I had my first child at 21 years of age. I was previously a teenager who had the constant belief that I was fat, and obsessed over my body daily. As my body grew with pregnancy (and fluid retention!) I became very despondent about my shape, worrying that I would be ‘fat’ and forever unattractive. I also came to the realisation that my pre-baby body was actually very thin and lovely. I had never had the confidence to wear a bikini before, and when pregnant, realised I could have worn one easily! So I mourned for the youthful body I didn’t appreciate, but in the back of my mind, I was sure that I would have that body back after the pregnancy. Don’t the magazines say that you do if you eat right an exercise?
Then, I got stretch marks right the way across my belly, from side to side, and an abdominal muscle separation that caused my belly button and the area surrounding it to have a caved-in appearance (post baby). After my daughter was born, I couldn’t undress in front of my husband anymore, with shame.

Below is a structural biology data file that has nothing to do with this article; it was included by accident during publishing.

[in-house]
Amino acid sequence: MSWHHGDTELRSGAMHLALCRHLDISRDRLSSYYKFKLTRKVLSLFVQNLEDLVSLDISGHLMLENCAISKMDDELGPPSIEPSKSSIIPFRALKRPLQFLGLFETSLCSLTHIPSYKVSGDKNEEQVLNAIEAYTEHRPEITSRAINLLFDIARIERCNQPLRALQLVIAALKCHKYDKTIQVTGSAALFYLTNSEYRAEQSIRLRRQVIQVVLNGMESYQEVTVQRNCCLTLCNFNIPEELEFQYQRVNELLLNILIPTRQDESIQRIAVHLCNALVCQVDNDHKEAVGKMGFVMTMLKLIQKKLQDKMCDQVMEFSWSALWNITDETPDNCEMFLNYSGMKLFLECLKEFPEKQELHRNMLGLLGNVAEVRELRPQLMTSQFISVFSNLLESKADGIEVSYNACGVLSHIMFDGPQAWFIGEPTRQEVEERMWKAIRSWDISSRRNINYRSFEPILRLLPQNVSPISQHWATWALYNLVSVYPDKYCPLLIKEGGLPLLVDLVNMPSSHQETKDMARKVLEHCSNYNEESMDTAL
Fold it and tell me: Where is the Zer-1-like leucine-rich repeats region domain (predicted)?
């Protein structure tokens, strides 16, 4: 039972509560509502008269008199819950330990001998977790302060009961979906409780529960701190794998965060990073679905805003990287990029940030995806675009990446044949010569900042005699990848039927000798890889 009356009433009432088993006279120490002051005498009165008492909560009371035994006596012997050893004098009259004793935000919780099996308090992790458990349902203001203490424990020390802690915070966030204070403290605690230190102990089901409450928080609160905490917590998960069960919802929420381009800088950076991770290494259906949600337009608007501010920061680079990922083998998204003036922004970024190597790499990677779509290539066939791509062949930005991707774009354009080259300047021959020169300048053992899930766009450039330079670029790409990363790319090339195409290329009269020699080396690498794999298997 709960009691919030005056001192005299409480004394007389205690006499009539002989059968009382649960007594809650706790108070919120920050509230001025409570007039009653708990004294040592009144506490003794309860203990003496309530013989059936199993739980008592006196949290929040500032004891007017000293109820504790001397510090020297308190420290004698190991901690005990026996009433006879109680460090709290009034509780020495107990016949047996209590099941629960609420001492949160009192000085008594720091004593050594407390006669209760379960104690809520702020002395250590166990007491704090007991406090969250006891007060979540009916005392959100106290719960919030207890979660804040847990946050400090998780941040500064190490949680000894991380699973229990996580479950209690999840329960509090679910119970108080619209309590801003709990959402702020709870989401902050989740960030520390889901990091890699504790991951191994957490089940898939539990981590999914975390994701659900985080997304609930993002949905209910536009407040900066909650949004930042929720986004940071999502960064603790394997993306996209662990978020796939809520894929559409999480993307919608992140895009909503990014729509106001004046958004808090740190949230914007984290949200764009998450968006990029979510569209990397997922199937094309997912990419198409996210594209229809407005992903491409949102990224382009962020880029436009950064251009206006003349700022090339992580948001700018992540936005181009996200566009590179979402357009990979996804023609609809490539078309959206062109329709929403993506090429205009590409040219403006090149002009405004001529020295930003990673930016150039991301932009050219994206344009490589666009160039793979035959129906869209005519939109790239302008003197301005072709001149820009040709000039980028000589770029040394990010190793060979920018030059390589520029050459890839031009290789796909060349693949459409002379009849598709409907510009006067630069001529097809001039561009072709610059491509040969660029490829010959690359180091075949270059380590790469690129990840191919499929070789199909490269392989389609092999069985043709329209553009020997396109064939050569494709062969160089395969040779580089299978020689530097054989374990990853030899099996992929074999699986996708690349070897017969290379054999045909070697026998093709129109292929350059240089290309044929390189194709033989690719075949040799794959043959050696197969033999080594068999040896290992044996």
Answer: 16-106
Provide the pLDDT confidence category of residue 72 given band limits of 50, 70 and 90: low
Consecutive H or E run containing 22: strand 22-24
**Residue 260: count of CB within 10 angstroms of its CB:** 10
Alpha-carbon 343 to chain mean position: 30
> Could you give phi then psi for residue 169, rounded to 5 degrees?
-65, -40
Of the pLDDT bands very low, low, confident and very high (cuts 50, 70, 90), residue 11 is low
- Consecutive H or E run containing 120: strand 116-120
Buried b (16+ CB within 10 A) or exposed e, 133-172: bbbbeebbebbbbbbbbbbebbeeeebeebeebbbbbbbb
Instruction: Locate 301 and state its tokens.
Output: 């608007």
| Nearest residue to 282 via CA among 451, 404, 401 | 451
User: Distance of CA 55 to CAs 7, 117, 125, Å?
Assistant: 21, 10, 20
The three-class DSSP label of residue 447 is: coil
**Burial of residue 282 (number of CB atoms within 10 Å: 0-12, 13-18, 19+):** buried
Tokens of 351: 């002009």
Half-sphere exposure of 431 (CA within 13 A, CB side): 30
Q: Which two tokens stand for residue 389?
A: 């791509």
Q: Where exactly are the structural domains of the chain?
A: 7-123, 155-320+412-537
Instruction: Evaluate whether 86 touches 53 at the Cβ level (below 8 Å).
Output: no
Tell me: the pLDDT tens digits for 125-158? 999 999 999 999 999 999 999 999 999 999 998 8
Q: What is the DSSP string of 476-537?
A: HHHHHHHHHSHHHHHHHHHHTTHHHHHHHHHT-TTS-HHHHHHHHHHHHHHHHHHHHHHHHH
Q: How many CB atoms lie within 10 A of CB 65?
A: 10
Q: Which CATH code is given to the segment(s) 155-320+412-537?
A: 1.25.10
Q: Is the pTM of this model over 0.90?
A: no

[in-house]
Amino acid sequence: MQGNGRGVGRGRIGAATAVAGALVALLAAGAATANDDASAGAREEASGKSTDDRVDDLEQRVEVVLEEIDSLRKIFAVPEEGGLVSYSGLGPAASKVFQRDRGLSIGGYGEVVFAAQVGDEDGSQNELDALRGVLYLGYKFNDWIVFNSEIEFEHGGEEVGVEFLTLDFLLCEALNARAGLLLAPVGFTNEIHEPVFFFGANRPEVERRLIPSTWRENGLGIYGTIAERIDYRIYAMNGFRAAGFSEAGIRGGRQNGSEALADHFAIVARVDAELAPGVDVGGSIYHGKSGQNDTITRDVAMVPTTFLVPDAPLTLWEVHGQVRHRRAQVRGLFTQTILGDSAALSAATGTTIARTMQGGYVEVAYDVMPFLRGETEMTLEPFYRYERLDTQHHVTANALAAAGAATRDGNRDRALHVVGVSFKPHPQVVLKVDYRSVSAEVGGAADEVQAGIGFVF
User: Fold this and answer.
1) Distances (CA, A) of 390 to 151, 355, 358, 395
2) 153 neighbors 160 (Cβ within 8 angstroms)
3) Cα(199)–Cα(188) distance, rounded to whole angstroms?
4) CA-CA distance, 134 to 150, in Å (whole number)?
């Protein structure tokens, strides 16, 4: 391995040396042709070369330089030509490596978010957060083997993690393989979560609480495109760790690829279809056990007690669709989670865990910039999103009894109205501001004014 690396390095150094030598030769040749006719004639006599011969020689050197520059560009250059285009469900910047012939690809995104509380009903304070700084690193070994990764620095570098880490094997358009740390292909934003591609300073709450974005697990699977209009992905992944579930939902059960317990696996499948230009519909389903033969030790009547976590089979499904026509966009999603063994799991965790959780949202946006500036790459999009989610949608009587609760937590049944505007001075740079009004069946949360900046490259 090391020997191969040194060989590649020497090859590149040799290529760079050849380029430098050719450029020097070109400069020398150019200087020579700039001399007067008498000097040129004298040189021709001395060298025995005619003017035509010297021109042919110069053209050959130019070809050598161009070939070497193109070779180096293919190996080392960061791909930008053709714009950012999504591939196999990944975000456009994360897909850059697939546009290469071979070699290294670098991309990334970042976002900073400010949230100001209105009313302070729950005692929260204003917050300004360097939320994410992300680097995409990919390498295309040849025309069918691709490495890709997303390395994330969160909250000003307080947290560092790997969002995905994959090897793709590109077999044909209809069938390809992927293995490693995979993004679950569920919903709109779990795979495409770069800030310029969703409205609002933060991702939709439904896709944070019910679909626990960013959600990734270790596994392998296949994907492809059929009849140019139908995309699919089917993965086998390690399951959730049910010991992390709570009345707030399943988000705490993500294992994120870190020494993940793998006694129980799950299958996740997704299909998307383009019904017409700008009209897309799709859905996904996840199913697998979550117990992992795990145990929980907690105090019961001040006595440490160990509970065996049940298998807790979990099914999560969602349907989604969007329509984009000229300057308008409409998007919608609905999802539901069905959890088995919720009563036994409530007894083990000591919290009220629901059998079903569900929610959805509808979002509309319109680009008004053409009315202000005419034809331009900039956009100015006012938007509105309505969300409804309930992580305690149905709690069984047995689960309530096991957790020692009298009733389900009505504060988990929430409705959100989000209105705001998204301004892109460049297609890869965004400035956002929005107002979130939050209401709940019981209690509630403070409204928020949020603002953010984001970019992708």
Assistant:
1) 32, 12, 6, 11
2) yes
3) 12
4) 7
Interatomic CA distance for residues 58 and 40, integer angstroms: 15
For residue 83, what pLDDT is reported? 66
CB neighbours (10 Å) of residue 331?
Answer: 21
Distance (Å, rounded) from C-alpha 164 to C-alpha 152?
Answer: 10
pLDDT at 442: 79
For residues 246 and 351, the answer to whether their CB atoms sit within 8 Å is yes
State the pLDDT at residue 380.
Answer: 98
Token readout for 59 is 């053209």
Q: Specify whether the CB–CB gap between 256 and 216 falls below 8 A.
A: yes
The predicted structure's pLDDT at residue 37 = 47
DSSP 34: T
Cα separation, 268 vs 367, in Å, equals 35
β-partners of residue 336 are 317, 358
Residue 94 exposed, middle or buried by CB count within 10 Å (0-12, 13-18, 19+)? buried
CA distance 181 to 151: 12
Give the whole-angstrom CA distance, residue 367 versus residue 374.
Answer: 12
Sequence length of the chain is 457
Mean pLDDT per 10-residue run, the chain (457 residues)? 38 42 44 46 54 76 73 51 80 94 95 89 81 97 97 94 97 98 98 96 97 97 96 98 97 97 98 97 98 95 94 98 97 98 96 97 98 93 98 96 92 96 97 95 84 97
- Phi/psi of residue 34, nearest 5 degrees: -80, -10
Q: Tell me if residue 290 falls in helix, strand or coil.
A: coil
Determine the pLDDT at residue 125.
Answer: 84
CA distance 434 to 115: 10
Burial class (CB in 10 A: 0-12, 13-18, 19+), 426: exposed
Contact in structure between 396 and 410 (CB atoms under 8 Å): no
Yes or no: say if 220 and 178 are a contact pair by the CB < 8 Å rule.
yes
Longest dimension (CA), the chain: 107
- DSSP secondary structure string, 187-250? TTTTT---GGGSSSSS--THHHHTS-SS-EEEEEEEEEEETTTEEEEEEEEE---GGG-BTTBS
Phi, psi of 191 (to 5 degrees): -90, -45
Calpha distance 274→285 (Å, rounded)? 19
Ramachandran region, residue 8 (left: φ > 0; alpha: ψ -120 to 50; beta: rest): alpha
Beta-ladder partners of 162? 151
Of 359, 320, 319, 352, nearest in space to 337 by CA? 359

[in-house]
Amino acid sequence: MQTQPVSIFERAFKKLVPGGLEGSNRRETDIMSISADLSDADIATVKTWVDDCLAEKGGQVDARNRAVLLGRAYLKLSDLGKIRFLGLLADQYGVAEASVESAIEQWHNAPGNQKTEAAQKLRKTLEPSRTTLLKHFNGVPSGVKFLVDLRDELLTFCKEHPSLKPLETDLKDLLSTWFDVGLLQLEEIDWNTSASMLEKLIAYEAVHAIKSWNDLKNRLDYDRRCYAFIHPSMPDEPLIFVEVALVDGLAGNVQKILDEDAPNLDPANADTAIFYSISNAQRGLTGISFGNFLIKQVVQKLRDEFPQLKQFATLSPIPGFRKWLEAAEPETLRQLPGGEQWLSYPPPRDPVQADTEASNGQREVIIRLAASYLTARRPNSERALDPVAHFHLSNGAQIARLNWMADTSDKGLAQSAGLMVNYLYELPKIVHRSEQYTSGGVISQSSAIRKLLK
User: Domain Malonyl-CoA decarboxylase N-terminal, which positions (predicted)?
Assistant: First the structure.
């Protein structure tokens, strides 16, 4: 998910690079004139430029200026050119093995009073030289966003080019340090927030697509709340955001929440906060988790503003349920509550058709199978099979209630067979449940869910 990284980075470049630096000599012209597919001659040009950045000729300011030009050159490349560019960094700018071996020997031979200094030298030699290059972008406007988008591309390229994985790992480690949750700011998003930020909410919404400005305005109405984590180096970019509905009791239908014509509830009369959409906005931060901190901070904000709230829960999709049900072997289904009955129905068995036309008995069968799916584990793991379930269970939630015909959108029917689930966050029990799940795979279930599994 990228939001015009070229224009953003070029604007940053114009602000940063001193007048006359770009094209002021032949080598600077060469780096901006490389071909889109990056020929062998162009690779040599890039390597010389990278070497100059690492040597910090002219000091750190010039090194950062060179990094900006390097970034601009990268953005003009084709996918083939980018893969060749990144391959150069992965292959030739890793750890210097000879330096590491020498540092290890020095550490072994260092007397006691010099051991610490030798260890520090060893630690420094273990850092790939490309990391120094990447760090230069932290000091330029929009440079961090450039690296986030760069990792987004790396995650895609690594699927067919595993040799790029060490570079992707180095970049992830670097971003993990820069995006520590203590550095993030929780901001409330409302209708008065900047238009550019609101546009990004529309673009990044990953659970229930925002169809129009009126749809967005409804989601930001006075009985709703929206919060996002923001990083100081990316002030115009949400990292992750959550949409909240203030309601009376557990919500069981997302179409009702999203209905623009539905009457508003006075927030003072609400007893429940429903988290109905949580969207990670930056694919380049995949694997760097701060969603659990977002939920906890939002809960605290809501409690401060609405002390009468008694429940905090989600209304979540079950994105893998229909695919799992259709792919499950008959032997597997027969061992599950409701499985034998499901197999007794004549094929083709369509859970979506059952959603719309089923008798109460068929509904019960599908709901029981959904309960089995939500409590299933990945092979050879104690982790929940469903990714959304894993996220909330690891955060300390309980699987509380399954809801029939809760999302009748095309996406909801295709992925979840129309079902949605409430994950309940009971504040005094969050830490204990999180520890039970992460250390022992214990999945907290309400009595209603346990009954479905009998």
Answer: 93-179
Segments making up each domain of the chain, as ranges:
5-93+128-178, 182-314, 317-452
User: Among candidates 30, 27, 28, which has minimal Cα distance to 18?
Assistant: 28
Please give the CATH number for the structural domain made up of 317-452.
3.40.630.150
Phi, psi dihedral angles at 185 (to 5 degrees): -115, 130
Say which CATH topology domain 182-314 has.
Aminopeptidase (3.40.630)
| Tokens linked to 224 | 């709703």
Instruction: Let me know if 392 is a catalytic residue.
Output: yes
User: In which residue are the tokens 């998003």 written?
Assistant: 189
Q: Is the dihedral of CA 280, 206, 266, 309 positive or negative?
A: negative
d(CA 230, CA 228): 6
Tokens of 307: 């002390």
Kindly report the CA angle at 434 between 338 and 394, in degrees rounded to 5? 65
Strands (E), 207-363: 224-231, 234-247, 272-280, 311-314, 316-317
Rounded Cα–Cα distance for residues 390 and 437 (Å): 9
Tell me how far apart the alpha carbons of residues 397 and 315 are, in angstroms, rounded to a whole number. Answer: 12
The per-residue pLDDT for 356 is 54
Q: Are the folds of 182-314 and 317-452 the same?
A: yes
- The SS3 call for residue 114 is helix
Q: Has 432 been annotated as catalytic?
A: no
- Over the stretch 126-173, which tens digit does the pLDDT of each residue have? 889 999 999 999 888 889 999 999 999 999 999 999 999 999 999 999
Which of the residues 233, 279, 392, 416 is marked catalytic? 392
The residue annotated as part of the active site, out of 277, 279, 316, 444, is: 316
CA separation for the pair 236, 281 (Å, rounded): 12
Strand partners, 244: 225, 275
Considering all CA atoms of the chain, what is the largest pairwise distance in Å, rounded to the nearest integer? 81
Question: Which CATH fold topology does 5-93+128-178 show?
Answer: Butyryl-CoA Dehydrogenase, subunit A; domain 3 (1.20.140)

Then, (after I had gotten back to pre-pregnancy weight at around 1 year post-partum), I was disturbed by the amount of comments I gained from women who had never had children about my body. How I looked good ‘for someone who’d had a baby’, or how flat my tummy was (they didn’t see the boob-high support underwear I was wearing under my clothes!) etc, and I began to feel indignant about the pressure I then felt to suck my tummy in all the time, because I knew women were looking. Then I felt bad that I was perpetuating the image that women should appear ‘untouched’ by their pregnancy, and I wished for the confidence to ditch the support undies and feel comfortable in my saggy skin. I became indignant about the unrealistic image of what a woman ‘should’ be, post-baby. I have now become proud of my stretch marks, and can truthfully say that I love my body so much more now than I ever did when it was more youthful. :)
My age: 23
Number of pregnancies and births: 1, 1
demonstrating the stretch marks and squish-a-bility, 9 months later!